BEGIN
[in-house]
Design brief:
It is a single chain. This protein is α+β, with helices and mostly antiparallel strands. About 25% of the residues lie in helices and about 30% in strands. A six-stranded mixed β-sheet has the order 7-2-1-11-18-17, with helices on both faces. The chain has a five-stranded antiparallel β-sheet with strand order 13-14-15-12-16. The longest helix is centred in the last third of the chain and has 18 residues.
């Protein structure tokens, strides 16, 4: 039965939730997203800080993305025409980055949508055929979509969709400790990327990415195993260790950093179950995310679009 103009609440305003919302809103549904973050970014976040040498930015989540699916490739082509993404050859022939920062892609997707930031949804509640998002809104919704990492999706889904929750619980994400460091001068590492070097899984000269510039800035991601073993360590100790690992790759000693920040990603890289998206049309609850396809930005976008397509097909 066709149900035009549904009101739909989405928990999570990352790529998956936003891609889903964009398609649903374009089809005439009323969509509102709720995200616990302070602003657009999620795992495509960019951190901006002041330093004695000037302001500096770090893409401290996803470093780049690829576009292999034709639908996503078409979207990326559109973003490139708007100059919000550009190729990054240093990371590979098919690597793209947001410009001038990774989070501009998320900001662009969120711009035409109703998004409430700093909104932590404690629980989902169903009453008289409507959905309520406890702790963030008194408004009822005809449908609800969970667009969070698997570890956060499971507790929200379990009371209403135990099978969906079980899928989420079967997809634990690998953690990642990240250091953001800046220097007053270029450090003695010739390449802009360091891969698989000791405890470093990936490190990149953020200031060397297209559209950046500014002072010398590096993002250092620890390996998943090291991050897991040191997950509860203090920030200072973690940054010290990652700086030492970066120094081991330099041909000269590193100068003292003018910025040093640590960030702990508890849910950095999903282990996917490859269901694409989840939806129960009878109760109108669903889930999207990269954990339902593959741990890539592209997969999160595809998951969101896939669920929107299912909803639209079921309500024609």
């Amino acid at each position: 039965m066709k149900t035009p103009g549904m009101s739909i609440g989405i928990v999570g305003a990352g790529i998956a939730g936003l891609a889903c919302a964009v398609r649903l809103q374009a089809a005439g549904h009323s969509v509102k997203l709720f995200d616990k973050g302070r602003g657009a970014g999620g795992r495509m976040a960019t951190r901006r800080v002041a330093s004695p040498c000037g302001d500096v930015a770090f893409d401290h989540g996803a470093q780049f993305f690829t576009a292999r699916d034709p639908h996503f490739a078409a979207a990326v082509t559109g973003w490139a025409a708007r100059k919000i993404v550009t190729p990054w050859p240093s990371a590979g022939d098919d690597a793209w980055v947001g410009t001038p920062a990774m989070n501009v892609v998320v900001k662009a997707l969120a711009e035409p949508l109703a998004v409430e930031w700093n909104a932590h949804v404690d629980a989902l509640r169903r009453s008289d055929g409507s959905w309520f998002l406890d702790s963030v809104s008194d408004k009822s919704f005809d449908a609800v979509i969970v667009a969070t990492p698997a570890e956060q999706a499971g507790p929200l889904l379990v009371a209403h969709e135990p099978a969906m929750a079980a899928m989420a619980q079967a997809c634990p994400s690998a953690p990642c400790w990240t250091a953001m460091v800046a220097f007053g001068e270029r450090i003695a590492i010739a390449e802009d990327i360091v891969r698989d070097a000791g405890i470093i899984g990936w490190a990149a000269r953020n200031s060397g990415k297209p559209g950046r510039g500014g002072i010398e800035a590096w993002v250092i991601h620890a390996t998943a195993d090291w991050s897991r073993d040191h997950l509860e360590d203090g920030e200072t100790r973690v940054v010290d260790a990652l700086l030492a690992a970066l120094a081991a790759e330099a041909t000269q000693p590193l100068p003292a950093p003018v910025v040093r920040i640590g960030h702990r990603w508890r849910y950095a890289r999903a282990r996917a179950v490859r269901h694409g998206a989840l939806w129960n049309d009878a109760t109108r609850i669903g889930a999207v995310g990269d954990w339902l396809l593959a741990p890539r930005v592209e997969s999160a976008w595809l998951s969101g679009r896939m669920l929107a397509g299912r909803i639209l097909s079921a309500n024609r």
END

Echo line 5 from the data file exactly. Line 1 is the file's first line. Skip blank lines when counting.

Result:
């Amino acid at each position: 039965m066709k149900t035009p103009g549904m009101s739909i609440g989405i928990v999570g305003a990352g790529i998956a939730g936003l891609a889903c919302a964009v398609r649903l809103q374009a089809a005439g549904h009323s969509v509102k997203l709720f995200d616990k973050g302070r602003g657009a970014g999620g795992r495509m976040a960019t951190r901006r800080v002041a330093s004695p040498c000037g302001d500096v930015a770090f893409d401290h989540g996803a470093q780049f993305f690829t576009a292999r699916d034709p639908h996503f490739a078409a979207a990326v082509t559109g973003w490139a025409a708007r100059k919000i993404v550009t190729p990054w050859p240093s990371a590979g022939d098919d690597a793209w980055v947001g410009t001038p920062a990774m989070n501009v892609v998320v900001k662009a997707l969120a711009e035409p949508l109703a998004v409430e930031w700093n909104a932590h949804v404690d629980a989902l509640r169903r009453s008289d055929g409507s959905w309520f998002l406890d702790s963030v809104s008194d408004k009822s919704f005809d449908a609800v979509i969970v667009a969070t990492p698997a570890e956060q999706a499971g507790p929200l889904l379990v009371a209403h969709e135990p099978a969906m929750a079980a899928m989420a619980q079967a997809c634990p994400s690998a953690p990642c400790w990240t250091a953001m460091v800046a220097f007053g001068e270029r450090i003695a590492i010739a390449e802009d990327i360091v891969r698989d070097a000791g405890i470093i899984g990936w490190a990149a000269r953020n200031s060397g990415k297209p559209g950046r510039g500014g002072i010398e800035a590096w993002v250092i991601h620890a390996t998943a195993d090291w991050s897991r073993d040191h997950l509860e360590d203090g920030e200072t100790r973690v940054v010290d260790a990652l700086l030492a690992a970066l120094a081991a790759e330099a041909t000269q000693p590193l100068p003292a950093p003018v910025v040093r920040i640590g960030h702990r990603w508890r849910y950095a890289r999903a282990r996917a179950v490859r269901h694409g998206a989840l939806w129960n049309d009878a109760t109108r609850i669903g889930a999207v995310g990269d954990w339902l396809l593959a741990p890539r930005v592209e997969s999160a976008w595809l998951s969101g679009r896939m669920l929107a397509g299912r909803i639209l097909s079921a309500n024609r």